This story is part of, our series exploring the red planet.
Rocks don’t just disappear into the air. NASA has since baffled the mystery of Marslast week. When the rover examined the sample inside the collecting tube, it found nothing. Turns out the rock itself might be wrong.
The rover dug into a promising rock in Jezero Crater, an ancient lake bed. The sampling process appears to be working as expected. It was supposed to be the first piece of rock the rover had stored for.
NASA is evaluating the data and taking a closer look at the drilling site to find out what happened and why the sample tube ended up empty. “It appears that the rock was not strong enough to produce a core,” Louise Jandoura said, the chief engineer for sampling and buffering, in a statement Wednesday.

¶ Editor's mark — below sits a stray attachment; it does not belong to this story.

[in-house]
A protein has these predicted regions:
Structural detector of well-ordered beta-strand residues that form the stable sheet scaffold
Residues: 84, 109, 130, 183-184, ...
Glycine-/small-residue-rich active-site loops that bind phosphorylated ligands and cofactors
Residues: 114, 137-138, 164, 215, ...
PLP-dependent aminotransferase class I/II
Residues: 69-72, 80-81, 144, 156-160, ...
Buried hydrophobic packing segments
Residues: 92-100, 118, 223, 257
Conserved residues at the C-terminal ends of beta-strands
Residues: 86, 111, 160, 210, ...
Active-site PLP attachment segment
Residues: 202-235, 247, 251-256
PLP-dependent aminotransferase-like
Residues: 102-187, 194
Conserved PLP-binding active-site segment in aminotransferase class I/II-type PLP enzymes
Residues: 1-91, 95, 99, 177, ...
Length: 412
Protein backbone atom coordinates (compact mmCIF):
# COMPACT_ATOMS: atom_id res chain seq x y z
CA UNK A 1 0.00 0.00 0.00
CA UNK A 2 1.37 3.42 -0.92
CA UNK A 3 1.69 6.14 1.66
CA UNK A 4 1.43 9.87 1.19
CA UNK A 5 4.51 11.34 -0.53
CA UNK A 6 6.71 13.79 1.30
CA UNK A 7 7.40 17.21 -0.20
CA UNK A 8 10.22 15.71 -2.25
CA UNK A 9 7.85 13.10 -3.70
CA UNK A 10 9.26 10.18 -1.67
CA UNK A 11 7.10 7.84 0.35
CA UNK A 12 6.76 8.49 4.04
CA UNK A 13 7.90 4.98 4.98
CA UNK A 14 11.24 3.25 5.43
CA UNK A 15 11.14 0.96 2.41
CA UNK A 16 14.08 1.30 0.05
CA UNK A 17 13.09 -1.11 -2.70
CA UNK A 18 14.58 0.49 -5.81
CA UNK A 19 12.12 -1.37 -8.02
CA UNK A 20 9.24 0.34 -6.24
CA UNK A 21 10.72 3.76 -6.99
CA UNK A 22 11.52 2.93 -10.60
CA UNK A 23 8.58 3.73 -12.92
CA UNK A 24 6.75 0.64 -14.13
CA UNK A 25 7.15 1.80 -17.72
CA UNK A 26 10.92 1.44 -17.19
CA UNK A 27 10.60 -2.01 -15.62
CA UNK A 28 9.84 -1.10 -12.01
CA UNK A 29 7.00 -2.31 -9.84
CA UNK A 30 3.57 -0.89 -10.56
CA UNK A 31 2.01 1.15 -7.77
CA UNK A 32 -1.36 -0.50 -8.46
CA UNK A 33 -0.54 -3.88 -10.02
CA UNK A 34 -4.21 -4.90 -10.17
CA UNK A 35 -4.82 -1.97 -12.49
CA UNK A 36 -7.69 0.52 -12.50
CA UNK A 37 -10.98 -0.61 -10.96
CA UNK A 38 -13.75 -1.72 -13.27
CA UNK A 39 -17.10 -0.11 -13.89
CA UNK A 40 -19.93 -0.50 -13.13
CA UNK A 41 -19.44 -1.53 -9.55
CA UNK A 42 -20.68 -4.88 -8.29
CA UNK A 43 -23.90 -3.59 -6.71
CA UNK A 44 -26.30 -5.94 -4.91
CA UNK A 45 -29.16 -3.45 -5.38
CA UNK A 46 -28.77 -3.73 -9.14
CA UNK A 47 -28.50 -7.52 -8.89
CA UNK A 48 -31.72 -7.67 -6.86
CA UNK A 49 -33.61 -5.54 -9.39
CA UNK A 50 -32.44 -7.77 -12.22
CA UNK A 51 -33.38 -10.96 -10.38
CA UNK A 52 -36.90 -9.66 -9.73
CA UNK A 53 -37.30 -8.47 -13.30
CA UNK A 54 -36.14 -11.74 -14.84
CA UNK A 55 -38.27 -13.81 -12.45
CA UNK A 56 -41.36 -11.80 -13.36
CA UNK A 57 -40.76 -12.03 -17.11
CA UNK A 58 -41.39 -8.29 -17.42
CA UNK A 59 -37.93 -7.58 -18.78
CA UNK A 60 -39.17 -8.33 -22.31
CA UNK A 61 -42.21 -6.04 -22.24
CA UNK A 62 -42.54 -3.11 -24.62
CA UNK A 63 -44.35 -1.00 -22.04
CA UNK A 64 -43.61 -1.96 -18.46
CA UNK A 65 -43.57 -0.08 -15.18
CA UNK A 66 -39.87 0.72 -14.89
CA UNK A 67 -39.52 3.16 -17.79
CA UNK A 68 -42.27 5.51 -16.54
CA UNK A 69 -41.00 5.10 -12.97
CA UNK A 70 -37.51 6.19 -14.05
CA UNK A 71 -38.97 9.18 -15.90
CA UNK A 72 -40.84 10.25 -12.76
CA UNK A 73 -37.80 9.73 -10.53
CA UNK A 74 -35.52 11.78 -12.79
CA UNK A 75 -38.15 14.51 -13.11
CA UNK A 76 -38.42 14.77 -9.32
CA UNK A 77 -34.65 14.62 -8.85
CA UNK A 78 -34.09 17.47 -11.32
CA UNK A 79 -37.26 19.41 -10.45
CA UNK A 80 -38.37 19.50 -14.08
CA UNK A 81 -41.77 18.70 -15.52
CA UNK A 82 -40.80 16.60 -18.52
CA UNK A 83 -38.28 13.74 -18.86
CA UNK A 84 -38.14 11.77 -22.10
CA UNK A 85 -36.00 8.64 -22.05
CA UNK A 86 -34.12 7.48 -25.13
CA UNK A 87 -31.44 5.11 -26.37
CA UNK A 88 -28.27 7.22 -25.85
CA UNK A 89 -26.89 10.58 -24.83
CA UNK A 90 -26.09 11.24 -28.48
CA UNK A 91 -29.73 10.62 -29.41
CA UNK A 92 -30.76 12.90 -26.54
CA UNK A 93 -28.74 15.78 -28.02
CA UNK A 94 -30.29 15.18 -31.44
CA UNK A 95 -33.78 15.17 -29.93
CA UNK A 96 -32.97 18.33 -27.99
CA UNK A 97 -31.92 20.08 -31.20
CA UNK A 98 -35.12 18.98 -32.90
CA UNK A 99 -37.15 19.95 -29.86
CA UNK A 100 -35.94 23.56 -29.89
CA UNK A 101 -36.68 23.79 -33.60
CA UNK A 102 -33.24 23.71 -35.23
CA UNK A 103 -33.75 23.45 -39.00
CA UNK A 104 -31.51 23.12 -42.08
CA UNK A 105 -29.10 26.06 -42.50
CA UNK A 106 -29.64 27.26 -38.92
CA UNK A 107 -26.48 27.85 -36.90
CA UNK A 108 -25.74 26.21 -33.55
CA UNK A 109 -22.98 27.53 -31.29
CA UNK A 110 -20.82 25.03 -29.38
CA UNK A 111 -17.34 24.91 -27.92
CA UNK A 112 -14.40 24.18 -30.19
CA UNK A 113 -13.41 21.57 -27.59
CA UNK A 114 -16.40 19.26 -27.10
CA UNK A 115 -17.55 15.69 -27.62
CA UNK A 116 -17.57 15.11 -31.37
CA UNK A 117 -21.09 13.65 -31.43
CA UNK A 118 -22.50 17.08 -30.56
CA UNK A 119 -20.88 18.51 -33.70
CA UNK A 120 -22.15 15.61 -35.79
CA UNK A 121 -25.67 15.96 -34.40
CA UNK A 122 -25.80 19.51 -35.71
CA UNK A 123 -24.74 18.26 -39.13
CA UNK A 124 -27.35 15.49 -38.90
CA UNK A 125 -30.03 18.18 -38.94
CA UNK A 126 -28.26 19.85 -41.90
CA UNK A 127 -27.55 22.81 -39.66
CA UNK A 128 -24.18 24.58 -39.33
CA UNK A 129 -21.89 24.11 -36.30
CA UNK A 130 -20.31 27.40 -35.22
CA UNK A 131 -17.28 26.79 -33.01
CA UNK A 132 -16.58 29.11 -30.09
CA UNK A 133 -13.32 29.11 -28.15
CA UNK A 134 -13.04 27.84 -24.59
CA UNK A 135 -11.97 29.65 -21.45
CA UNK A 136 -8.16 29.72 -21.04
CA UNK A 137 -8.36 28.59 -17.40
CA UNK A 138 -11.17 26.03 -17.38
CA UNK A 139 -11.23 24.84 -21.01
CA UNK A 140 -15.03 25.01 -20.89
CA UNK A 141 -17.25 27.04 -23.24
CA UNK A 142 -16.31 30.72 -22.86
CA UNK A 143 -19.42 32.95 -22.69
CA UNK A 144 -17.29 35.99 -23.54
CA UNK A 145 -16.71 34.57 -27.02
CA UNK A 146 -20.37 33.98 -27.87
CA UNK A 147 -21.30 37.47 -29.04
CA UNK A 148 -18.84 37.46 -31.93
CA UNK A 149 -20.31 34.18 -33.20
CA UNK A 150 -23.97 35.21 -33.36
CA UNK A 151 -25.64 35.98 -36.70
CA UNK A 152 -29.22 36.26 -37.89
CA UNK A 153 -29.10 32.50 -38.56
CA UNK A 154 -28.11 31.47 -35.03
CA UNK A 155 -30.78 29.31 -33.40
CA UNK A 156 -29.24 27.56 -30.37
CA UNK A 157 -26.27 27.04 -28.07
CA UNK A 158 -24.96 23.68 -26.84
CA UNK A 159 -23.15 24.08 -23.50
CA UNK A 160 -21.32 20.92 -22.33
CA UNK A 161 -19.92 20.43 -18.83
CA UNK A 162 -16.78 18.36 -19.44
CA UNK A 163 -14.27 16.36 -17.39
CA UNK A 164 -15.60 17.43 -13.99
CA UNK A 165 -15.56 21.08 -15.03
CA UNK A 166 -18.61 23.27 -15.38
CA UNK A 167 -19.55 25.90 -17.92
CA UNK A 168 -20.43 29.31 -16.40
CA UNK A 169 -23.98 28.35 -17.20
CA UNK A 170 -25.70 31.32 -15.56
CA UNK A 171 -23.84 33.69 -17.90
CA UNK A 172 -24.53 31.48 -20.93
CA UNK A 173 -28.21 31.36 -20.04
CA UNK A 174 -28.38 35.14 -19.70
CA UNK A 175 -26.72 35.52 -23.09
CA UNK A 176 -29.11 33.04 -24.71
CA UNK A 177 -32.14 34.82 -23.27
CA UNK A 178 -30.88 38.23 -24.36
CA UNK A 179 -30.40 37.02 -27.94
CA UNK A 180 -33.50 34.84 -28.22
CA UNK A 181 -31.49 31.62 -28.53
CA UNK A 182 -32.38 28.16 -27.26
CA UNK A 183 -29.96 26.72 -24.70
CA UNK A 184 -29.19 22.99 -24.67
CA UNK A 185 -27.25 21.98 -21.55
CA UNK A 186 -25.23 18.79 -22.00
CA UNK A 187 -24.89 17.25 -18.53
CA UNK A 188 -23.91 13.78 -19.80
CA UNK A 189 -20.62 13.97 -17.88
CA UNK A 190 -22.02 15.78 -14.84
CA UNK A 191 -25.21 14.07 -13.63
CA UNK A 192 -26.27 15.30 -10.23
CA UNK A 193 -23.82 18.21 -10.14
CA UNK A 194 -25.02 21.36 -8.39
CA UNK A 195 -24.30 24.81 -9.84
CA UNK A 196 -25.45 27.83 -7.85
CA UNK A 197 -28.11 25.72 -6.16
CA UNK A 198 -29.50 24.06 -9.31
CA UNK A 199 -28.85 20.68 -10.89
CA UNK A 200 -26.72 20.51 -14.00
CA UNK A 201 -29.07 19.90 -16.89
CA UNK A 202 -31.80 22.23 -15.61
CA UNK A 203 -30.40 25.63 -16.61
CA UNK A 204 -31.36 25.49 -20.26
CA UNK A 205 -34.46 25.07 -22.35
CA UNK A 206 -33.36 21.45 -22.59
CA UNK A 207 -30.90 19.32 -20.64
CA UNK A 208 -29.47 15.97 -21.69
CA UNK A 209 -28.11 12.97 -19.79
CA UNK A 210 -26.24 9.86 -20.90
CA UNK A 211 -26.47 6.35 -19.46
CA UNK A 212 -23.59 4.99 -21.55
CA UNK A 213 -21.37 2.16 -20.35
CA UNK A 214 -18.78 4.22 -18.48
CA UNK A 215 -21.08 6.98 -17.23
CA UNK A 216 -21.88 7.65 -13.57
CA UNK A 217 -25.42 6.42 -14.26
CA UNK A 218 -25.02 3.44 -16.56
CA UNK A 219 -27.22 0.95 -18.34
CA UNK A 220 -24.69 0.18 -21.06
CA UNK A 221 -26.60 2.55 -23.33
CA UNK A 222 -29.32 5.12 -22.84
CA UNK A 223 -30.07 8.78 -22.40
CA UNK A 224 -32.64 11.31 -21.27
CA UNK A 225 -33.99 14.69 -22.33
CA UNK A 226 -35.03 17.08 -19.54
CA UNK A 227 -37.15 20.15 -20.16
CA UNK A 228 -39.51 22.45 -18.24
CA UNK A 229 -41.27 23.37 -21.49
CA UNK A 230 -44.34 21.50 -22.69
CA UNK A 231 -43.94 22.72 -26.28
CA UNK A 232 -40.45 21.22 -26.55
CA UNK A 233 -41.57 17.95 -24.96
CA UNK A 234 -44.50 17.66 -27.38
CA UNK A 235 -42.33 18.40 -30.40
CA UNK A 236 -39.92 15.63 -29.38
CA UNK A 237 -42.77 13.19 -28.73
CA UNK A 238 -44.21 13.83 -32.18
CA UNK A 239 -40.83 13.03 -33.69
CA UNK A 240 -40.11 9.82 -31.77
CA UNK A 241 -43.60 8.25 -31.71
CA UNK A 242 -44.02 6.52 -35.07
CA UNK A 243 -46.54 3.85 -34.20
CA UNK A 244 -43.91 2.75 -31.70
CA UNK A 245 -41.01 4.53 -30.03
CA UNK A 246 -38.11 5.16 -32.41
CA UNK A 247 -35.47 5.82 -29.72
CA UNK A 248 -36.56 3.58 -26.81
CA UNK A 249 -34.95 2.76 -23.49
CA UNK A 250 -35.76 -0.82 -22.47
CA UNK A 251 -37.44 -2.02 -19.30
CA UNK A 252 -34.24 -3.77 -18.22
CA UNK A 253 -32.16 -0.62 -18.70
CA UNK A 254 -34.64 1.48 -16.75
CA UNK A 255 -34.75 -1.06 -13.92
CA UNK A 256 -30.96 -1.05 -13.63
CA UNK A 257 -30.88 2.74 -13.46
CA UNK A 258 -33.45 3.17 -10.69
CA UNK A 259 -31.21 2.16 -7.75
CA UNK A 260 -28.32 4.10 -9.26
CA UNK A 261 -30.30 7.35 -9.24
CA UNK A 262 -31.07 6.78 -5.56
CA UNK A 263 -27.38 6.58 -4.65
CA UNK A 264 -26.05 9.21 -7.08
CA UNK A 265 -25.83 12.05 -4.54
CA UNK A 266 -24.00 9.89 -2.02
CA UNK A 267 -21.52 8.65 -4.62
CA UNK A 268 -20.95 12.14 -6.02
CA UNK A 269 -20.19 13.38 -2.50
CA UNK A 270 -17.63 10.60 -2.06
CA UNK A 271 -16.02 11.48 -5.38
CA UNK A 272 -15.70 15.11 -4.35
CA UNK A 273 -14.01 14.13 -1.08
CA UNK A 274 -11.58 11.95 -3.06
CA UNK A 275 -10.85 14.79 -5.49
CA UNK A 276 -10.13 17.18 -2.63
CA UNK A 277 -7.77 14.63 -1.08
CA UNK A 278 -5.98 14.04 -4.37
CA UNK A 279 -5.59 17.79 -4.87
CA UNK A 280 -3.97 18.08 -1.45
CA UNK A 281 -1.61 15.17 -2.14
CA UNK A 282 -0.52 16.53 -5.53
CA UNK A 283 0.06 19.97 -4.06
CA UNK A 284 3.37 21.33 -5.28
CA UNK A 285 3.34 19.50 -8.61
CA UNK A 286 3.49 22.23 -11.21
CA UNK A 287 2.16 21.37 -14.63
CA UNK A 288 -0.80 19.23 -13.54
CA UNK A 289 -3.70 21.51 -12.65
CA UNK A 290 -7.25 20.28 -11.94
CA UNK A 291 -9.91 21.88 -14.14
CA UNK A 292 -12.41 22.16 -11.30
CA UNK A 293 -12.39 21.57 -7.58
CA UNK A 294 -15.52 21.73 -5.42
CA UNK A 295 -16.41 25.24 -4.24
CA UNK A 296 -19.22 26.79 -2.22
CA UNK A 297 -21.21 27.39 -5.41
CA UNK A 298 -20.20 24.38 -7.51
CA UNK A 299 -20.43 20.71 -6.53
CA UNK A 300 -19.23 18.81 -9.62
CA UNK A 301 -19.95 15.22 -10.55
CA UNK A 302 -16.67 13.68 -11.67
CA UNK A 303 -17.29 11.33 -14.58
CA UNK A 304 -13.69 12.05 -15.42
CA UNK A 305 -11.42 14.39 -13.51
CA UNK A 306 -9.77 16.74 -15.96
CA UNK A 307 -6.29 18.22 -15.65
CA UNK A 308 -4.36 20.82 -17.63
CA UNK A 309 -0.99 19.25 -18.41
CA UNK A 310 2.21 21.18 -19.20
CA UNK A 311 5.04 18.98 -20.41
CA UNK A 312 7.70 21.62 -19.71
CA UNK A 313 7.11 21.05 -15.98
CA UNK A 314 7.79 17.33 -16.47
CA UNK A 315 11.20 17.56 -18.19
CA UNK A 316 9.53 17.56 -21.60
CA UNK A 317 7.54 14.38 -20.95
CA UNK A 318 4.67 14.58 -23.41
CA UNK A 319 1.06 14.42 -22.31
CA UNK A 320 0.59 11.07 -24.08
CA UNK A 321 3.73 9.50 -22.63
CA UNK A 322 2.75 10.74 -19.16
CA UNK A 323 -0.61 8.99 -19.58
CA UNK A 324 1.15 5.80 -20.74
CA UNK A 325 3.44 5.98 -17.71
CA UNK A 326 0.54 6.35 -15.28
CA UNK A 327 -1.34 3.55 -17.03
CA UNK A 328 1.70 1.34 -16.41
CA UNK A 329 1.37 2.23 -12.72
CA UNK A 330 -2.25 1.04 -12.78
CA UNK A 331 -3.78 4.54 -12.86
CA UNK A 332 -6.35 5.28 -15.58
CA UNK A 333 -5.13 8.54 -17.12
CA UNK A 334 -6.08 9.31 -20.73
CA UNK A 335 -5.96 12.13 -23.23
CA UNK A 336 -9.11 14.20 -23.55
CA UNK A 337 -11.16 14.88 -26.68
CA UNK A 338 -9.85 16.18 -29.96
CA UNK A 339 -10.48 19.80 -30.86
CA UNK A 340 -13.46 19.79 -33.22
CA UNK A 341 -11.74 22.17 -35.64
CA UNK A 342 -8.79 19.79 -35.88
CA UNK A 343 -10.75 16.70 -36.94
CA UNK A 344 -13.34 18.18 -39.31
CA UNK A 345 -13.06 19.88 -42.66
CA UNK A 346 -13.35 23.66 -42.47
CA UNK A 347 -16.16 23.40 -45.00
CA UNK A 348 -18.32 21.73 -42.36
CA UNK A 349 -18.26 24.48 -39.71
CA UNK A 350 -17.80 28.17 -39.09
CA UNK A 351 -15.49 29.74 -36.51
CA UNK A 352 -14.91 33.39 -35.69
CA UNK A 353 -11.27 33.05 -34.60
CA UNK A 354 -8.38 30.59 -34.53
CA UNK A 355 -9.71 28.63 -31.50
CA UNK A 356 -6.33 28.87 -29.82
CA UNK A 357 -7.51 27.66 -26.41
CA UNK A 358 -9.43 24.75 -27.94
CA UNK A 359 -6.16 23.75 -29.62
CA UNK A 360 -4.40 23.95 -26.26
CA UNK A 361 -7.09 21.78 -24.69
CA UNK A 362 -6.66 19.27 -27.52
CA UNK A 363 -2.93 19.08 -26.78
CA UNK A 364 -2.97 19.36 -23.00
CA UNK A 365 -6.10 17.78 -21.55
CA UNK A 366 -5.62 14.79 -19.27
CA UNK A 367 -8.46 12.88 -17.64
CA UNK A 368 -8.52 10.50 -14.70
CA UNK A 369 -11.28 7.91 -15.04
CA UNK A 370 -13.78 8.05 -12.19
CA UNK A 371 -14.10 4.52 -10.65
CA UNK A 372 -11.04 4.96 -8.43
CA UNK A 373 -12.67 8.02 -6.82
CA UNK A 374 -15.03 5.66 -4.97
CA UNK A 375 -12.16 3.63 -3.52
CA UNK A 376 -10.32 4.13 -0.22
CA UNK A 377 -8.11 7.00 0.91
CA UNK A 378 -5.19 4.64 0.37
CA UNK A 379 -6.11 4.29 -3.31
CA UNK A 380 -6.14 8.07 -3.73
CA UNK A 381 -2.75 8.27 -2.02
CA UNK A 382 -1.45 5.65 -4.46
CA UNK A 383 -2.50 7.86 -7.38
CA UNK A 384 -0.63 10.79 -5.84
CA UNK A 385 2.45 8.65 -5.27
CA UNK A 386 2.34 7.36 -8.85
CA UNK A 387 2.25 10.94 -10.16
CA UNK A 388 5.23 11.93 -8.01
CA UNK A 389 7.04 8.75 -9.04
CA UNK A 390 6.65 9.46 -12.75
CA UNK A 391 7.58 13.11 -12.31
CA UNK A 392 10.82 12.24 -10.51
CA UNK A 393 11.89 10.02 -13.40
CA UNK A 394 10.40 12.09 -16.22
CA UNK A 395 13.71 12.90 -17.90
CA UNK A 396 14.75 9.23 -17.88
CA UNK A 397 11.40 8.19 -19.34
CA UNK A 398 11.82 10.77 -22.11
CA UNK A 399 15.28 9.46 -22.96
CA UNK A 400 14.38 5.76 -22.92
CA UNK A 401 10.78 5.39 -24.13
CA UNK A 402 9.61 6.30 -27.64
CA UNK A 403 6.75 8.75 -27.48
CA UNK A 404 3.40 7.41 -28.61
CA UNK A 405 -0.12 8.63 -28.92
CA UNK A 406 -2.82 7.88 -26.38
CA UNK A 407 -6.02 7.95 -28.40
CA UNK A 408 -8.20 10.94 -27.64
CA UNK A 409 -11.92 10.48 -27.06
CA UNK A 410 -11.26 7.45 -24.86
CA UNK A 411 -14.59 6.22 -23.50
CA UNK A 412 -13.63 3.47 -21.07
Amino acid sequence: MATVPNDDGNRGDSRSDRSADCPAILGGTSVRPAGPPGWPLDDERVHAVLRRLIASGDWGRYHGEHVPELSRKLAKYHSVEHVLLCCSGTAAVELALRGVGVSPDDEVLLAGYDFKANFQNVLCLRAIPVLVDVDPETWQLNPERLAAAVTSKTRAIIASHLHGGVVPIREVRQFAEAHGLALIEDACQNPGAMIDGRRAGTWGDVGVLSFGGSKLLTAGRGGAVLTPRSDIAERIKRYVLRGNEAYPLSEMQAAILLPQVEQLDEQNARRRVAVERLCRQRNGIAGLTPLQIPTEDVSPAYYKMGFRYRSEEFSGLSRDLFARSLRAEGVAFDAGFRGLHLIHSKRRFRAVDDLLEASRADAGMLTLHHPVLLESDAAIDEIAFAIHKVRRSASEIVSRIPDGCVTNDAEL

The images show crushed rock around the drill hole, indicating that the rock simply collapsed. “It is likely that the material from the core needed will either be at the bottom of the hole, in the cutting pile, or a combination of both,” Gondora said.
Perseverance is equipped with 43 sample tubes, so losing a single rock isn’t a blow to the mission. The rover is on its way to another sampling location where it will try again. The team expects to find a rock more suitable for sampling for its collection.
The good news is that persistence sampling appears to be working quite well. An uncooperative rock won’t slow the rover’s scientific movement.
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